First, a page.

Engage and inspire your students this festive season by hosting an Elizabethan Christmas in your classroom. Don’t worry – no cooking required!
Let me ask you something:
- Did you know that in the year 1588 Queen Elizabeth I declared that everyone should eat goose for Christmas dinner?
- Did you know that there were no Christmas trees in the Elizabethan times?
- Did you know during the 1600s midnight mass was held at dawn to celebrate the transition from darkness into light?
Interesting isn’t it?
Every time I teach a Shakespeare play – I find myself wondering “would they have done this in Elizabethan times?” My questions usually run to “did they play football?” (the answer is yes, it was called Gameball and was more violent than you can imagine) or “did they have oranges then?”(the answer is yes again, although only the very rich would have been able to afford them, they also had melons and pomegranates).
Last year in the run up to Christmas, I happened to be teaching a number of Shakespeare plays. By sheer luck my brain was stuffed full of the Elizabethans and so it wasn’t a surprise then when this question wormed its way in: “what was an Elizabethan Christmas like?”
If I had to sum up an Elizabethan Christmas in 3 words, I would choose: fun, collegial, symbolic.
Fun meant food and games and frivolity. The festive season for the Elizabethan was the moment in the year where the hard work of life ceased and every man, woman, and child celebrated the festival of mid-winter.
Collegial and shared celebrations were the norm for all. At this point of the year the rigidity of social class structures dissolved. Noble man and peasant would stand side by side to share in Christmas cheer.
Symbolism and ritual were also the hallmark of this season. The Christmas Candle, the Yule log, Wassailing, and the 7 course banquet all played a role in making Christmas truly spectacular period for the Elizabethans.
So how can you bring some Elizabethan fun into your classroom?
Read a poem about an Elizabethan Christmas
Read Thomas Tusser’s poem “Christmas Cheer” as an introduction to Elizabethan Christmas festivities and perhaps even study some Elizabethan Christmas Carols in your lessons.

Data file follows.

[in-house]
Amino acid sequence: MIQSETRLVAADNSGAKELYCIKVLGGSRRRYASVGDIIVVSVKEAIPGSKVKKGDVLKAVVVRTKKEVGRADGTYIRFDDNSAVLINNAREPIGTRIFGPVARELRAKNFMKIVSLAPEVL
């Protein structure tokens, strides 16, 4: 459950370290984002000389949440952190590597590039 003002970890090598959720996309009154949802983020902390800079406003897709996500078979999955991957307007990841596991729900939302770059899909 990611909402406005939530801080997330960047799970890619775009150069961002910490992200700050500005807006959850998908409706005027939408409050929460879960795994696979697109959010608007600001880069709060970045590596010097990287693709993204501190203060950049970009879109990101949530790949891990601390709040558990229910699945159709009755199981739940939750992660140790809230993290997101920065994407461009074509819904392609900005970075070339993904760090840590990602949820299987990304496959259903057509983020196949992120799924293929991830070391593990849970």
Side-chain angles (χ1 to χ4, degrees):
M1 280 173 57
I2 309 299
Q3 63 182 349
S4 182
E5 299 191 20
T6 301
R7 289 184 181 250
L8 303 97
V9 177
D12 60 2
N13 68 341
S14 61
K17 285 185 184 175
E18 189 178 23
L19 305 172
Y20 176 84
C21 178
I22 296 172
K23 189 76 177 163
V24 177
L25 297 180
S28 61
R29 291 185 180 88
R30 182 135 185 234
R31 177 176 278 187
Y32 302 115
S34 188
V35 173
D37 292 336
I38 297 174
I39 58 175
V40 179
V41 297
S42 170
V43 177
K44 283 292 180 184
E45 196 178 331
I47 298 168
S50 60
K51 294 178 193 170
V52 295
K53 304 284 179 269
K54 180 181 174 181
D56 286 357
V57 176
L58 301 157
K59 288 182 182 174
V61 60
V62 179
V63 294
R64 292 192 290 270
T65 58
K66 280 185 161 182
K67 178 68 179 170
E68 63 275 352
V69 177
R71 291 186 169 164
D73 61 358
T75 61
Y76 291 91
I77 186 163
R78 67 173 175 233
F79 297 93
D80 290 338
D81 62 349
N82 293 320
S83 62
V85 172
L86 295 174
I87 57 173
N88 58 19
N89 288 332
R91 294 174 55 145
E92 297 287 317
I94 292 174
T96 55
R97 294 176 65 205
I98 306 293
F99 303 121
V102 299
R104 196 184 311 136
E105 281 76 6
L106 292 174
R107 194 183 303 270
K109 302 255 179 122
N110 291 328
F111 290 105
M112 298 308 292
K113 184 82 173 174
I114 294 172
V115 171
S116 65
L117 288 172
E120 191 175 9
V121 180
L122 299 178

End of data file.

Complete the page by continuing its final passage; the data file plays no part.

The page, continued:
My “Host an Elizabethan Christmas” set includes Tusser’s poem along with other authentic texts describing an Elizabethan Christmas. It also includes 4 Elizabethan carols for your students to read, understand, and explain.
Work together to host an Elizabethan Christmas
Create a beautiful Christmas community in your classroom with this fun and informative group work task. Here’s how it works:
In groups, students learn about the different elements of an Elizabethan Christmas (for example Christmas decorations, or the Yule Log). They then have 2 creative tasks to share with the class:
- first, create a visual summary of what they have learnt (see the sunburst sheet for an example below) and then and most importantly,
- they make their gift to contribute to the class Elizabethan Christmas. There are 6 groups and they make: the feast (see the peacock, goose and ships); the yule log; the Christmas candle; a people paper chain, decorations; and Christmas stars. Each one of these represents the ritual and symbolism of an Elizabethan Christmas.
Everything you need to set up this group work activity is included in my Elizabethan Christmas pack. It is almost as easy as print and go (you just need scissors, glue, colors and you are done!)
Once the groups have made their gifts, they can give a presentation covering what they have learned and this foldable mini-book is a great place for students to record their new knowledge.
That’s not all..!
This set also includes:
- A description game to guess the complete menu of a Tudor 7 course Christmas banquet.
- A guide to creating your own Elizabethan Christmas banquet.
- An explanation of the tradition of The Lord Of Misrule, with an opportunity to become a modern day Lord of Misrule.
- Information on Mummer’s Plays and their purpose, and a modern re-imagining of this traditional hero story.
- Some Elizabethan Christmas games and how to play them, including “Hide fox and after all”; “Hotcockles” and “Snapdragon”.
- Last but not least, an exploration of the tradition of Wassailing and its reinvention into carol singing or yule-singing.
This fun and engaging set contains 3 days+ of activities and will bring some hilarity, joy, and a lot Christmas history into your classroom. Click here to go straight to this set.